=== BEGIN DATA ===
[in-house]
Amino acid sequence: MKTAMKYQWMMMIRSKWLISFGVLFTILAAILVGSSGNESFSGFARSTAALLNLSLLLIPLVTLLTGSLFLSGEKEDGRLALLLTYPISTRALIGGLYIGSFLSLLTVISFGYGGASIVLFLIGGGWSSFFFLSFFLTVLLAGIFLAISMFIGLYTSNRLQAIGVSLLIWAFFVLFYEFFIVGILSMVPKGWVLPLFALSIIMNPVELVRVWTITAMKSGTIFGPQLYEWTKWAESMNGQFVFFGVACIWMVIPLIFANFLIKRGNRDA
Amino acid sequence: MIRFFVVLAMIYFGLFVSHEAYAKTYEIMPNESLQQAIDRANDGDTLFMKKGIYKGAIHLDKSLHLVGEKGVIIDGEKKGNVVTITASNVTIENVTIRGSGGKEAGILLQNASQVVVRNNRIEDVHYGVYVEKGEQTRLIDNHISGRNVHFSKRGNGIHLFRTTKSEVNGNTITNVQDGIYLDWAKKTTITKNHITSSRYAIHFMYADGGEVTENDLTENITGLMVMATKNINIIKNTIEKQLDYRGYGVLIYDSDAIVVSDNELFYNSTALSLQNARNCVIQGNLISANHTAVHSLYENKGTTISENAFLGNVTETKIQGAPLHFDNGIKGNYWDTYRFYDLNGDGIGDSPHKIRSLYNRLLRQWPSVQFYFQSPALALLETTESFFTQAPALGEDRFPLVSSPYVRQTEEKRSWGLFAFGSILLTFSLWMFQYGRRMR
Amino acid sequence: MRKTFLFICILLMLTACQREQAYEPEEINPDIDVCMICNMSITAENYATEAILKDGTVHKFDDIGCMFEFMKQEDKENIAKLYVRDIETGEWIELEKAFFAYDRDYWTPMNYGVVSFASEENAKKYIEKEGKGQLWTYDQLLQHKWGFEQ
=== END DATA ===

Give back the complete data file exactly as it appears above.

[in-house]
Amino acid sequence: MKTAMKYQWMMMIRSKWLISFGVLFTILAAILVGSSGNESFSGFARSTAALLNLSLLLIPLVTLLTGSLFLSGEKEDGRLALLLTYPISTRALIGGLYIGSFLSLLTVISFGYGGASIVLFLIGGGWSSFFFLSFFLTVLLAGIFLAISMFIGLYTSNRLQAIGVSLLIWAFFVLFYEFFIVGILSMVPKGWVLPLFALSIIMNPVELVRVWTITAMKSGTIFGPQLYEWTKWAESMNGQFVFFGVACIWMVIPLIFANFLIKRGNRDA
Amino acid sequence: MIRFFVVLAMIYFGLFVSHEAYAKTYEIMPNESLQQAIDRANDGDTLFMKKGIYKGAIHLDKSLHLVGEKGVIIDGEKKGNVVTITASNVTIENVTIRGSGGKEAGILLQNASQVVVRNNRIEDVHYGVYVEKGEQTRLIDNHISGRNVHFSKRGNGIHLFRTTKSEVNGNTITNVQDGIYLDWAKKTTITKNHITSSRYAIHFMYADGGEVTENDLTENITGLMVMATKNINIIKNTIEKQLDYRGYGVLIYDSDAIVVSDNELFYNSTALSLQNARNCVIQGNLISANHTAVHSLYENKGTTISENAFLGNVTETKIQGAPLHFDNGIKGNYWDTYRFYDLNGDGIGDSPHKIRSLYNRLLRQWPSVQFYFQSPALALLETTESFFTQAPALGEDRFPLVSSPYVRQTEEKRSWGLFAFGSILLTFSLWMFQYGRRMR
Amino acid sequence: MRKTFLFICILLMLTACQREQAYEPEEINPDIDVCMICNMSITAENYATEAILKDGTVHKFDDIGCMFEFMKQEDKENIAKLYVRDIETGEWIELEKAFFAYDRDYWTPMNYGVVSFASEENAKKYIEKEGKGQLWTYDQLLQHKWGFEQ